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More on NSA poll

The more I think about it, and read others on it, I'm beginning to understand just how flawed that poll that wingnuts are trumpeting all over the place is, and how little it supports the idea that the public approves of the actions of Bush and the NSA. Ezra Klein:
...this is some insanely bad polling ... this question is just bizarre (or, to use the right word, biased). It's like gauging support for Bush's tax cuts by asking "Should the President lower your tax burden while stimulating the economy, encouraging growth, and reducing the deficit?" The question is so utopian as to be nonsensical.

There is a question that needs to be asked, though, and it's answer would be illuminating. And despite what the rightwing spinmeisters are trying to argue, it's the only question in this case:

"Should the National Security Agency be allowed to secretly spy on Americans without any oversight?"

Or, alternately:

"Do you believe the NSA should be able to listen in on your phone calls and read your e-mails without oversight, probable cause, or a warrant?"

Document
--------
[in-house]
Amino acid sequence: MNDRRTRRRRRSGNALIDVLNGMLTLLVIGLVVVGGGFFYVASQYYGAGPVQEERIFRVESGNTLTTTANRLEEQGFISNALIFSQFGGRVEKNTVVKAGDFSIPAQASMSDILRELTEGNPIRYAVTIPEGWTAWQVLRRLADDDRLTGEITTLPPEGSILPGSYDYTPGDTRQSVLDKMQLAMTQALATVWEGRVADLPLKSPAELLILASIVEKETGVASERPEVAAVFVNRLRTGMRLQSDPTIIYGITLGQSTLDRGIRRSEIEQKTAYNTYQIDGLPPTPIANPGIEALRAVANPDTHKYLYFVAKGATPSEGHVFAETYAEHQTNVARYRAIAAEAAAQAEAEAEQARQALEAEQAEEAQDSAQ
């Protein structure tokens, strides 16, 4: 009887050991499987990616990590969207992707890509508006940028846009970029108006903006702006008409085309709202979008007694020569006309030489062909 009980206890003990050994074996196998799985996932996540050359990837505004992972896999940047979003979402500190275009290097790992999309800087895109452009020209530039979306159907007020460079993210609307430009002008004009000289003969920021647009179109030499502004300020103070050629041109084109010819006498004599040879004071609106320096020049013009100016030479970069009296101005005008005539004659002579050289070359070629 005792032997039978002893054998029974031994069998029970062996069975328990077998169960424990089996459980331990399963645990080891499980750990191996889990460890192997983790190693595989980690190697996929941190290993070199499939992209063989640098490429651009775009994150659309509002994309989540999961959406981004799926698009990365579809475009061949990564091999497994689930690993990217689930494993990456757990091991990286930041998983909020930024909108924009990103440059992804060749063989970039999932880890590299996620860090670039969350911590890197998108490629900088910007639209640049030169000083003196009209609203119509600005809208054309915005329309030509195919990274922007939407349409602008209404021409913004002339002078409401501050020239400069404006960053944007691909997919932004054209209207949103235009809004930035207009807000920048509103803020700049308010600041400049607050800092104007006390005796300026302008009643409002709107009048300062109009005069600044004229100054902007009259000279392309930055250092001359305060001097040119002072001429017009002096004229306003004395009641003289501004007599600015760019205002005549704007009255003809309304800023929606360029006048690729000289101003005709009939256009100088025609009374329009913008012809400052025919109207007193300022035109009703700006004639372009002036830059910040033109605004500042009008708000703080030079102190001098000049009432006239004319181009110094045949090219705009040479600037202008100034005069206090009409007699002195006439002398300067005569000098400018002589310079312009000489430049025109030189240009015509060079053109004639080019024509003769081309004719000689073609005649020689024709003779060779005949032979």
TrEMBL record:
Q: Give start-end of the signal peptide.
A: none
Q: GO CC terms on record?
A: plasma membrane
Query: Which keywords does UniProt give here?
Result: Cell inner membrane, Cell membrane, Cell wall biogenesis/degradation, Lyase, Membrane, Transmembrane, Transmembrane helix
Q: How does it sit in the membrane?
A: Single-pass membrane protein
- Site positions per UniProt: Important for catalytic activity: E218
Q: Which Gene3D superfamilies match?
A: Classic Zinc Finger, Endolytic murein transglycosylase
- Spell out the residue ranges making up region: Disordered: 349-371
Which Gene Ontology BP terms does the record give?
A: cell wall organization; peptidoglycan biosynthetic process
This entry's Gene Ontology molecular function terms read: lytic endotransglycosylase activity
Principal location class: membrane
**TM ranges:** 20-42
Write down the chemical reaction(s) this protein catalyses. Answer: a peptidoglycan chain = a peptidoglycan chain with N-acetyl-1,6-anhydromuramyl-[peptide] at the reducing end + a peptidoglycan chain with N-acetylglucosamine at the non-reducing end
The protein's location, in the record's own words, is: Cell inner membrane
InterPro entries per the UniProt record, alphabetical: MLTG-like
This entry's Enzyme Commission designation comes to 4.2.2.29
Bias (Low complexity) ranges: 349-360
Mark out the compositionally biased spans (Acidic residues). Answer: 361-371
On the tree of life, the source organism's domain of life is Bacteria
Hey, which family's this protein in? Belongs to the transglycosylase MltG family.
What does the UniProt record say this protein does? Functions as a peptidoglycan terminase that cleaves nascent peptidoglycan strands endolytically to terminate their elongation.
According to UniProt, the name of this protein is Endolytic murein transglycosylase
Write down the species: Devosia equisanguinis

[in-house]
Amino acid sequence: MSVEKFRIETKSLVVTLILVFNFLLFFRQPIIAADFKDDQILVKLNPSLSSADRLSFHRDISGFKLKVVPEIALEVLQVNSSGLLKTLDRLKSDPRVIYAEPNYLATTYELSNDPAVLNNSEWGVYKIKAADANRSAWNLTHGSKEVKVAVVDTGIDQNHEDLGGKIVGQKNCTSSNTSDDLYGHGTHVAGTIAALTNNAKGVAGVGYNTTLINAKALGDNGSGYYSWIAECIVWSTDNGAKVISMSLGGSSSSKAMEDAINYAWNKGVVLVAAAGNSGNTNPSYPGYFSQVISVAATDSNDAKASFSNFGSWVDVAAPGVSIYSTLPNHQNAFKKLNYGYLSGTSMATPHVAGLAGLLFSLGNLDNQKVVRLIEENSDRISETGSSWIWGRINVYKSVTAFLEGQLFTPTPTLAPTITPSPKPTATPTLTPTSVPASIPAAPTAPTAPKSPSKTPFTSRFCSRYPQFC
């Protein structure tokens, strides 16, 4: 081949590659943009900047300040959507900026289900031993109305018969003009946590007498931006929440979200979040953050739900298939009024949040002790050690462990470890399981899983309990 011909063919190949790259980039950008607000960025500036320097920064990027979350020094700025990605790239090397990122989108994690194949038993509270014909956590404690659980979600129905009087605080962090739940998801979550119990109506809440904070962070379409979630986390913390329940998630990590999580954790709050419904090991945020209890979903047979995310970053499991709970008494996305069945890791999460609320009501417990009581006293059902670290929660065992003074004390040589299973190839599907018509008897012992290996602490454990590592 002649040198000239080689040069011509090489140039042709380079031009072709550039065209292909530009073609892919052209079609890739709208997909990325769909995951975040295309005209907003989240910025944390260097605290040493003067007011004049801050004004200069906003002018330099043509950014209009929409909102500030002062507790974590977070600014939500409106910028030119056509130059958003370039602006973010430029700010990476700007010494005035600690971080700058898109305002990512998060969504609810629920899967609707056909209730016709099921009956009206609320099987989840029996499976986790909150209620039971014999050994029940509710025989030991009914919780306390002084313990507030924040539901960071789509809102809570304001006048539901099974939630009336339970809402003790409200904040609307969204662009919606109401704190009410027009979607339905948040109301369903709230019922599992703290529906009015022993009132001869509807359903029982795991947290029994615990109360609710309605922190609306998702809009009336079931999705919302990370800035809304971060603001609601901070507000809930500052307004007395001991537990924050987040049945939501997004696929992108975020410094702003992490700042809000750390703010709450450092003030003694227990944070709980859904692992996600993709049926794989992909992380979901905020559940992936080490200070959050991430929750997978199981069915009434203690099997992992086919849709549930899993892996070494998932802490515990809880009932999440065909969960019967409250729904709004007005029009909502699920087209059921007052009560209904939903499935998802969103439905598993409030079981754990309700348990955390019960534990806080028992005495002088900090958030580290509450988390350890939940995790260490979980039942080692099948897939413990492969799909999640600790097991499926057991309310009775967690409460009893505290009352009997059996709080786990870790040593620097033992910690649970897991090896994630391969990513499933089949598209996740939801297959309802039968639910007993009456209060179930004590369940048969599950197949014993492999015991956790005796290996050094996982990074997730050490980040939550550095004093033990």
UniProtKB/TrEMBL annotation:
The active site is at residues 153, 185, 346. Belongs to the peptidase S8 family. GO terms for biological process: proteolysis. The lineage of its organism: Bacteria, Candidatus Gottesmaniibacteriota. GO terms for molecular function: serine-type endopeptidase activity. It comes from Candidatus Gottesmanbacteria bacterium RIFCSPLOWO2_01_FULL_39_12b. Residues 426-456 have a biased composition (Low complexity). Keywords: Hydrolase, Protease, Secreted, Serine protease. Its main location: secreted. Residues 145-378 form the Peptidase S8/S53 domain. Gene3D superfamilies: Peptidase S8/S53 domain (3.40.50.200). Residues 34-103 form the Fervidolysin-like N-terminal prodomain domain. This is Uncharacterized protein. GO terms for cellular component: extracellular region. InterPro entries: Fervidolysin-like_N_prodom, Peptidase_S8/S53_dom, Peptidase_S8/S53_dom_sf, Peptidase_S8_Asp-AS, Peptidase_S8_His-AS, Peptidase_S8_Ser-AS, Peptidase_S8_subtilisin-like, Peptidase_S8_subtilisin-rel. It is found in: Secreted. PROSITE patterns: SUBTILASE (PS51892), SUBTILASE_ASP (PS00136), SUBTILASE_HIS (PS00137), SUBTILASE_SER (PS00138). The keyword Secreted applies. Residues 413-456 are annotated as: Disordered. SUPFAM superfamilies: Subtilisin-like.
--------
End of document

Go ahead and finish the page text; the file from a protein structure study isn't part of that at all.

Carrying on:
Those, and their permutations, are the only questions that deserve polling.
AMERICAblog thinks the poll is bad news for the Bushists:
I've got news for you. [64% is] an abysmally low number for Bush.

Even I would probably approve of the NSA listening in on phone calls between suspected terrorists and "people living in the US" - notice the survey question didn't even say "Americans," it said "people living in the US," a description that would get EVEN MORE support for spying...

That number should have been in the 90 percentile and up, Americans who support the NSA eavesdropping on conversations with suspected terrorists. Yet it was only in the low 60s. Something's up.

And may I also add that the poll question has nothing to do with the current scandal. It says nothing about whether the administration should be able to break the law in doing such eavesdropping, nor whether the administration should be permitted to do such eavesdropping without having first obtained a court order. Again, each of those added facts would presumably lower the poll number considerably.

Again, that number should have been in the 90s. The fact that only 6 out of 10 Americans are willing to agree to such a broad question, to me, says that Bush is not on solid ground on this issue at all.

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